The Center for Podiatric Care and Sports Medicine

Cancer Survivor’s Foot Is Still Taking Her Places

Posted by on Monday, February 27th, 2017

Foot amputations are relatively rare. Each year, podiatric surgeons perform 185,000 of these procedures as a last resort to save a patient’s life. Just over half of foot amputations are due to vascular diseases, such as diabetes or periphery arterial disease. The other half of limb losses are due to trauma. Less than 2% of cases are related to cancer. No matter the reason, it is one of the most emotional decisions any doctor or any patient has to go through. The patient’s mental state is of utmost importance to recovery, so we like to share stories of extraordinary people across America who have found a way to cope. An inspirational story comes to us out of El Reno, Oklahoma, where a woman has taken to Instagram to spread her cancer prevention message in a most unconventional way.

Watch out guys, this giraffe is a perv (obviously trying to lick my foot) #amputee #skeleton #foot #funnybone #cancer #onefootwander #giraffe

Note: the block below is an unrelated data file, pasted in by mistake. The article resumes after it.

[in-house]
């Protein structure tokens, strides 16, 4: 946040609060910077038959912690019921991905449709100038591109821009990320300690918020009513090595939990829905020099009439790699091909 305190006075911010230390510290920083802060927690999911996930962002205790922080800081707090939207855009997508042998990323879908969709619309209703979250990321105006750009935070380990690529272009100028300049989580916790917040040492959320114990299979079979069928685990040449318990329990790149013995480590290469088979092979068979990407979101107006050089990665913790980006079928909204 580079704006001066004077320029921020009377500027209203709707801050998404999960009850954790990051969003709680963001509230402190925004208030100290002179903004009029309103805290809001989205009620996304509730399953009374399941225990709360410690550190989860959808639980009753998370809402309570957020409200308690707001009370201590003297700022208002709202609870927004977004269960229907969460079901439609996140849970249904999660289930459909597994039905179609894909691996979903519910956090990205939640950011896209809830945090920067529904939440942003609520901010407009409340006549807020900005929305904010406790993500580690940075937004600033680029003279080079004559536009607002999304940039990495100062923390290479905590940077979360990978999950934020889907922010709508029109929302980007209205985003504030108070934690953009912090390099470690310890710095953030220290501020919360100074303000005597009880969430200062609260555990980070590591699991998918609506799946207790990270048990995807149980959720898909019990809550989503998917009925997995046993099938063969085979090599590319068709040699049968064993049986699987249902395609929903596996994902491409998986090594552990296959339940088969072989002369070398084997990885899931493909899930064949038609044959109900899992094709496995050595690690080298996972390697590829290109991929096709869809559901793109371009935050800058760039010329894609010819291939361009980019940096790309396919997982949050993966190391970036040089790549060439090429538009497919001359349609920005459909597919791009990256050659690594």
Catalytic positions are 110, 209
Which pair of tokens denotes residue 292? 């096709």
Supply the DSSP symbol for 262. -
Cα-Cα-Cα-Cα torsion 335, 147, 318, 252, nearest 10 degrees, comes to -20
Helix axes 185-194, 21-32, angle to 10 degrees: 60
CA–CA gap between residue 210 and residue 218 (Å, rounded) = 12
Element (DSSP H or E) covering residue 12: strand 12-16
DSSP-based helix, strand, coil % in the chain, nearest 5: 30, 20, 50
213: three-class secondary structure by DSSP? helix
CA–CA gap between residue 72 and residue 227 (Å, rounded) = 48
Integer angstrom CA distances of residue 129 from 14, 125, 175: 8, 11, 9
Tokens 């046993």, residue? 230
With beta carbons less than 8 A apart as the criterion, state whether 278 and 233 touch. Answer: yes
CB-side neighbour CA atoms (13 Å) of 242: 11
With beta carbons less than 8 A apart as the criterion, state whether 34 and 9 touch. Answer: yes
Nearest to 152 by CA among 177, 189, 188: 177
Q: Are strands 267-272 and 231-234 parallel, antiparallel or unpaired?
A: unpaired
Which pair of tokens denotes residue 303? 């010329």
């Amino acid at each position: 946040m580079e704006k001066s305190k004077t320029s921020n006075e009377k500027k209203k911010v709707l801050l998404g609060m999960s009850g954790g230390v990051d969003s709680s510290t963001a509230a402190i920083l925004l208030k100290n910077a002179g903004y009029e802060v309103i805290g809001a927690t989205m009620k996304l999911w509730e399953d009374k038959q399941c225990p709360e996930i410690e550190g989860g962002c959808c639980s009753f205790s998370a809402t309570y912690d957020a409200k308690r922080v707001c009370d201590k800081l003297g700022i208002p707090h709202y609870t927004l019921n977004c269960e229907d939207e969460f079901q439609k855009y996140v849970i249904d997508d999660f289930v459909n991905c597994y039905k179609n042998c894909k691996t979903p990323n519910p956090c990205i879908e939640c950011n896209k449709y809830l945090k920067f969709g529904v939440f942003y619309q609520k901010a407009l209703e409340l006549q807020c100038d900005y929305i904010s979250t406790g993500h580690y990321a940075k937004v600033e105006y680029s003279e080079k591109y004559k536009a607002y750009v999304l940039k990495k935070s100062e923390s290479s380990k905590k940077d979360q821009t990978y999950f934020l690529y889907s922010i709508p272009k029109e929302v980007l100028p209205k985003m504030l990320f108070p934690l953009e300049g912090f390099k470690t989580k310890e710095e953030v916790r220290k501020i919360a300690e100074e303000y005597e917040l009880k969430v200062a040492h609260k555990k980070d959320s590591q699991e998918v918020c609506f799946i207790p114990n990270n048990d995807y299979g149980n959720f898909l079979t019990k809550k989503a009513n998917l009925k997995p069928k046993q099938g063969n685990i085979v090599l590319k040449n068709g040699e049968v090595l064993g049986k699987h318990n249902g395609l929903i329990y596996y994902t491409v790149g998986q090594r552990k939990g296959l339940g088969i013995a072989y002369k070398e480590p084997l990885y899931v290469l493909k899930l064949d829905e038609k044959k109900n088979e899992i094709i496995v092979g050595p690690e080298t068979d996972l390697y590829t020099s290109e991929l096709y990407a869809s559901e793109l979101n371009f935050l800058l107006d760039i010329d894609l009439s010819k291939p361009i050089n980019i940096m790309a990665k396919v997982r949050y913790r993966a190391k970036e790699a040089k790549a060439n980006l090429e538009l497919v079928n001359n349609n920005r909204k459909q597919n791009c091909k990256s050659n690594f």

A post shared by cancer footūüĎ£‚úā (@onefootwander) on

How To Tell The Symptoms Of Foot Cancer

Foot cancer is so rare, that it can be difficult to diagnose.¬†ABC News¬†tells the story of a 25-year-old whose troubles began in 2011, with numbness in her right pinky toe. At first, her primary care physician didn’t seem overly concerned. Over the next three years, the numbness spread to encompass half of her foot, and the pain became quite severe. Her physician referred her to a neurologist, whom she visited six times. She was tested for peripheral neuropathy and B-12 deficiency.

Then, a lump appeared in the summer of 2015. Lumps can be benign, but we are usually concerned when the lump is accompanied by substantial pain. That December, her primary care doctor referred her to a podiatrist. First, she was tested or Tarsal Tunnel Syndrome, which is a condition that affects the nerves and causes numbness. After taking x-rays and an MRI to examine the lump, it was believed to be non-cancerous fatty tissue. The foot doctors said there was a 1 in 100,000 chance the lipoma was cancerous.

Meanwhile, the neurologist was ordering blood work, but failed to address the pain issues the patient was having. She went back to the podiatrist. Steroid injections to reduce inflammation only made the pain worse, and medications came with adverse side effects. Finally, the patient agreed to go ahead with Tarsal Tunnel release surgery and a lipoma removal procedure. Prior to the big day, the podiatrist ordered tests on the lipoma and found out it was epitheliod sarcoma —¬†a particularly aggressive cancer that is resistant to radiation or chemotherapy. Since the cancer is so rare, research has been limited.